5 Tips for Protecting Your Business This Year: The Best Offense Remains a Good Defense
Whether you are starting a new business in 2017 or gearing up for another year with an existing company, the New Year brings the excitement of fresh opportunities. That enthusiasm, however, should not overshadow employment related legal pitfalls that commonly befall companies and can impact the bottom line through unnecessary litigation. Outlined below are five areas where employers can take proactive measures in 2017 to protect their business. Entrepreneurs and business owners would be wise to take advantage of the energy of a new year to evaluate these areas, reduce the potential for future disputes, and place themselves in a good defensive position should an issue arise.
- Proper Worker Classification and Compensation
Business owners both large and small routinely confront issues relating to the accurate classification of workers as “employees” or “independent contractors”, as well as setting the correct compensation for employees’ hourly and overtime work. These determinations are particularly important for employers in 2017, with the anticipated updates to the Fair Labor Standards Act set to take effect, as discussed in more detail previously here. While the enforcement of these new rules remains in limbo due to pending litigation, employers should be prepared to address the impact of the updated wage requirements, both from a financial and practical perspective, in 2017.
- Workplace Policies and Procedures
A formal handbook or collection of written corporate policies helps protect a company when disputes arise and ensures uniform application of the company’s expectations for all workers, even in at-will employment situations. Some common policies that employers should strongly consider adopting (or revising) in 2017 include paid vacation and sick leave policies, anti-discrimination rules, equal opportunity employment policies, medical and family leave procedures, social media and/or internet usage guidelines, “bring your own device” parameters, and a company code of conduct, just to name a few.
- Adequate Documentation of Business Relationships
Although the “handshake” agreement may be easy to enter and inexpensive, it can create uncertainty and result in arguments down the road. To ensure clarity of expectations for both parties’ duties and obligations in 2017, owners should document relationships among the company’s founders or investors, as well as with customers, executives, vendors, employees, and other service providers. Not every situation calls for an onerous, formal written agreement; sometimes a confirming letter may do the trick. But, executives should avoid the temptation to close any business deal based only on a verbal discussion.
- Protecting Valuable Intellectual Property and Confidential Information
One of the largest assets in many modern businesses is intellectual property, “know-how”, technological advances, or other “secret” information that the company exploits for profit. Protecting such valuable information can be done effectively and efficiently through mechanisms such as Confidentiality Agreements, Non-Competition or Non-Solicitation Agreements, and by registering trademarks and other intellectual property. Formally safe-guarding these assets will not only maintain their value for the company, but it will provide the business with means to prohibit others from utilizing those assets without permission and block former employees from taking those resources with them should they chose 2017 as the year to make a career move.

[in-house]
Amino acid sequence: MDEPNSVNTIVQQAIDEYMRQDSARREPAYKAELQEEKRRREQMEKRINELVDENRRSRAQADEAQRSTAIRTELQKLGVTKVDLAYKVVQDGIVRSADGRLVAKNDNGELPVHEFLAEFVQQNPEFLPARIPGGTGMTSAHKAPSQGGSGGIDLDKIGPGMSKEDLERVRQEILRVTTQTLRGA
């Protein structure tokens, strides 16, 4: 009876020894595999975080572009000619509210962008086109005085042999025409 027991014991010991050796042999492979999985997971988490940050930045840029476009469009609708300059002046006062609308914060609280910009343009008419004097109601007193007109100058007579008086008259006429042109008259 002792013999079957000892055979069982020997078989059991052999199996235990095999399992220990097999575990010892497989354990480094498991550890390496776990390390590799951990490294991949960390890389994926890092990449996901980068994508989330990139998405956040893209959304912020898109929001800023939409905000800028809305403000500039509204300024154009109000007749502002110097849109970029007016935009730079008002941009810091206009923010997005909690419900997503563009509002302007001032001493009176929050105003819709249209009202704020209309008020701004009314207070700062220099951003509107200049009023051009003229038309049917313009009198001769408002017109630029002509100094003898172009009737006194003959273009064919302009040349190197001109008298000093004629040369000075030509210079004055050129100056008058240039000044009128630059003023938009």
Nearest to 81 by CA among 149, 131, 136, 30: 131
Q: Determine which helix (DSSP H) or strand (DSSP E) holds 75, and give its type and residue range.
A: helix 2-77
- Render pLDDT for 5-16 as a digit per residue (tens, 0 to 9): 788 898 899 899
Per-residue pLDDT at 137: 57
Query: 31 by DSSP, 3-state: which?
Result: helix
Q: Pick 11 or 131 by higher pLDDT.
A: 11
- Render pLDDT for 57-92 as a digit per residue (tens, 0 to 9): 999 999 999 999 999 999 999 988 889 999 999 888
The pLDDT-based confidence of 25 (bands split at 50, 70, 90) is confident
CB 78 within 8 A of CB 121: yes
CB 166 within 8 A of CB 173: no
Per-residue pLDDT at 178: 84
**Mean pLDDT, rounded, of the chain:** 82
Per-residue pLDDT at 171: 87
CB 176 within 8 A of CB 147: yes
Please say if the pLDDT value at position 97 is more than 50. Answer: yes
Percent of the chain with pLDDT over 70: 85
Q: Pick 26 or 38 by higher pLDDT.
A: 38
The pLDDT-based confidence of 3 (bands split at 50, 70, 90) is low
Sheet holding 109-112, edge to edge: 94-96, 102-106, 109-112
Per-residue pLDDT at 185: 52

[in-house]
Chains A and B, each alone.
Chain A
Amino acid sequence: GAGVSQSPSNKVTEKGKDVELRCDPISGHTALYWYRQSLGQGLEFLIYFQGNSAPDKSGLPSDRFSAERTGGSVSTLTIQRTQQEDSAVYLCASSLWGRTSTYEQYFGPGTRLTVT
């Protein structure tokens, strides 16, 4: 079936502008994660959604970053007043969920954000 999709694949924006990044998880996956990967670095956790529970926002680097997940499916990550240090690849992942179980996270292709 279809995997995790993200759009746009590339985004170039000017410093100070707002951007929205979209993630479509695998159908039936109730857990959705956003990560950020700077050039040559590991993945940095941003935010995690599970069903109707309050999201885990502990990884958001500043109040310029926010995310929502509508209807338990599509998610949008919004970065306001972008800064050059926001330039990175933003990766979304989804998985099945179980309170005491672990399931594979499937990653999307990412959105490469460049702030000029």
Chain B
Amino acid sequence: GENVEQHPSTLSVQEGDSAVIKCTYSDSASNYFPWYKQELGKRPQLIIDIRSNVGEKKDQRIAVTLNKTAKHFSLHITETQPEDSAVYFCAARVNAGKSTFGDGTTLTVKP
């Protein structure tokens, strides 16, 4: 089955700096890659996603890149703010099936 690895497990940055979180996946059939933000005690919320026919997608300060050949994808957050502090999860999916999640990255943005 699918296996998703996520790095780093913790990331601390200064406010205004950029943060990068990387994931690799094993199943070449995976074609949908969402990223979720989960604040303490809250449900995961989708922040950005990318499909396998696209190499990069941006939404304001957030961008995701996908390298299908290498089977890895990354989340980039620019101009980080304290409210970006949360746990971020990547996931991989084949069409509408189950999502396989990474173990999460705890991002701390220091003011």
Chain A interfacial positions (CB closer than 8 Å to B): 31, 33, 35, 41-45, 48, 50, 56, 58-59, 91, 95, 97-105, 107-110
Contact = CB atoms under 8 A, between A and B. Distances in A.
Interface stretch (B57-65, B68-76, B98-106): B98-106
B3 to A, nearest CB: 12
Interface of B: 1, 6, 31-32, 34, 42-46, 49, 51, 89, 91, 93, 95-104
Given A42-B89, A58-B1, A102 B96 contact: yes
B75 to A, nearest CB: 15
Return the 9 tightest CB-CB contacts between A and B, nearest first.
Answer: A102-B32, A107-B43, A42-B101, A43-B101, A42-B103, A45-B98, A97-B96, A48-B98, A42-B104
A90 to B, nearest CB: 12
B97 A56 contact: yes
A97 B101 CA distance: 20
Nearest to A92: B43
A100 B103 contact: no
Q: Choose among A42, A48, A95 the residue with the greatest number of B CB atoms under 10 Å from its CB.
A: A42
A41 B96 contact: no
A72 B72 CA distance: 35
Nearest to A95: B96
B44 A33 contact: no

- Insurance Coverage
While some insurance coverage may be required, such as workers’ compensation or disability insurance, other types of insurance may be beneficial to protect a business in the event a dispute arises in 2017. For example, Employment Practices Liability Insurance (EPLI) can cover the costs of defending losses incurred in discrimination, wrongful termination, harassment, and/or retaliation lawsuits. Likewise, Directors and Officers Insurance indemnifies corporate executives for claims brought against them in their corporate capacity. In addition, Key Employee Insurance may lessen the burden of the loss of a high performing or important individual employee in a small business. Employers should consider implementing or expanding the scope of insurance coverage in these categories for 2017.
By starting the New Year on the right foot through adopting or revising these and other areas of habitual discord, business owners may avoid costly and unnecessary litigation. Where a dispute does arise from a venture gone wrong, employers will be happy they invested in these defensive measures as they will be equipped with ammunition to protect the company’s interests.
As the law continues to evolve on these matters, please note that this article is current as of date and time of publication and may not reflect subsequent developments. The content and interpretation of the issues addressed herein is subject to change. Cole Schotz P.C. disclaims any and all liability with respect to actions taken or not taken based on any or all of the contents of this publication to the fullest extent permitted by law. This is for general informational purposes and does not constitute legal advice or create an attorney-client relationship. Do not act or refrain from acting upon the information contained in this publication without obtaining legal, financial and tax advice. For further information, please do not hesitate to reach out to your firm contact or to any of the attorneys listed in this publication.
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